Sign & Digital Graphics

October '17

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Page 23 of 120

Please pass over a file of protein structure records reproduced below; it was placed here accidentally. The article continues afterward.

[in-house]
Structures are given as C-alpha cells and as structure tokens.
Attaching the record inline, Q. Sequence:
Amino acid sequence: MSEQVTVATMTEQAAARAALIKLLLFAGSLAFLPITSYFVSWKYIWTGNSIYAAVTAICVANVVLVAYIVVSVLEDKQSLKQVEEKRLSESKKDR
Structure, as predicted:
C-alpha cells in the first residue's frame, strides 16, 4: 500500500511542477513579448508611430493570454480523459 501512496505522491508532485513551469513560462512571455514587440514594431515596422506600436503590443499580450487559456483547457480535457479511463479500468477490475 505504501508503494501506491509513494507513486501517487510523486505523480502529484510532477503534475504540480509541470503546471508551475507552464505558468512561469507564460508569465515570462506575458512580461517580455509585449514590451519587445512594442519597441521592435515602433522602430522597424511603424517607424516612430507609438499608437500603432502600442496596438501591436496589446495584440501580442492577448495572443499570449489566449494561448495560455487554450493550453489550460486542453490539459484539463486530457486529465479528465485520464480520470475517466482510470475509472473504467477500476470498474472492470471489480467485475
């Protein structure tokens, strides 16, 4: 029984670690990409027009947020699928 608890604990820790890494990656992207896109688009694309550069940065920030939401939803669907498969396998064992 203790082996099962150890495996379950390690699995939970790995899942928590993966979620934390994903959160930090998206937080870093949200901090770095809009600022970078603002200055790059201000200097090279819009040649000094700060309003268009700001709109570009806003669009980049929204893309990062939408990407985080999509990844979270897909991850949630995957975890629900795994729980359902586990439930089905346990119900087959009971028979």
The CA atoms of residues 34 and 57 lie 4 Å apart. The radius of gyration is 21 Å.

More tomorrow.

S I G N & D I G I T A L G R A P H I C S • October 2017 • 19 in these tapes may be extremely strong and resistant to elemental changes, the substrates to which the tapes adhere can be suspect and inconsistently cleaned and prepared. Therefore, many manufacturers recommend or require that modules mount to channel letter backs using addi- tional mechanical means of attachment. Without a doubt, there are sign makers who have experienced the frustration of trying to use the double-sided foam tape feature on the back of a module, only to find it difficult, time consuming, and tedious to peel off the release liner. Those complaints have been heard and as a result, some module manufacturers now provide LED sign modules with an extra length of the release liner on the double-sided foam tape creating an effec- tive tab to grab and peel, saving time and reducing frustration. Mounting an LED sign module to the back of a channel letter or to the back of a single-sided cabinet sign using the provided screw hole is pretty straight for- ward. The hole can be just about any- where on a small or short module. When you get into larger or longer modules, the location of the hole become more important. Longer modules really need LED sign modules have evolved significantly over the years—from better, brighter chips to new lens technologies and even mechanical improvements. The SignBOX II system from Sloan LED creates a grid of light and is designed for new or retrofit sign cabinets with depths over five inches. (Image courtesy of Sloan LED) Images of pools of light from four adjacent sign modules showing results from a traditional wide batwing beam versus a square lens wide batwing beam. (Image courtesy of OSRAM)

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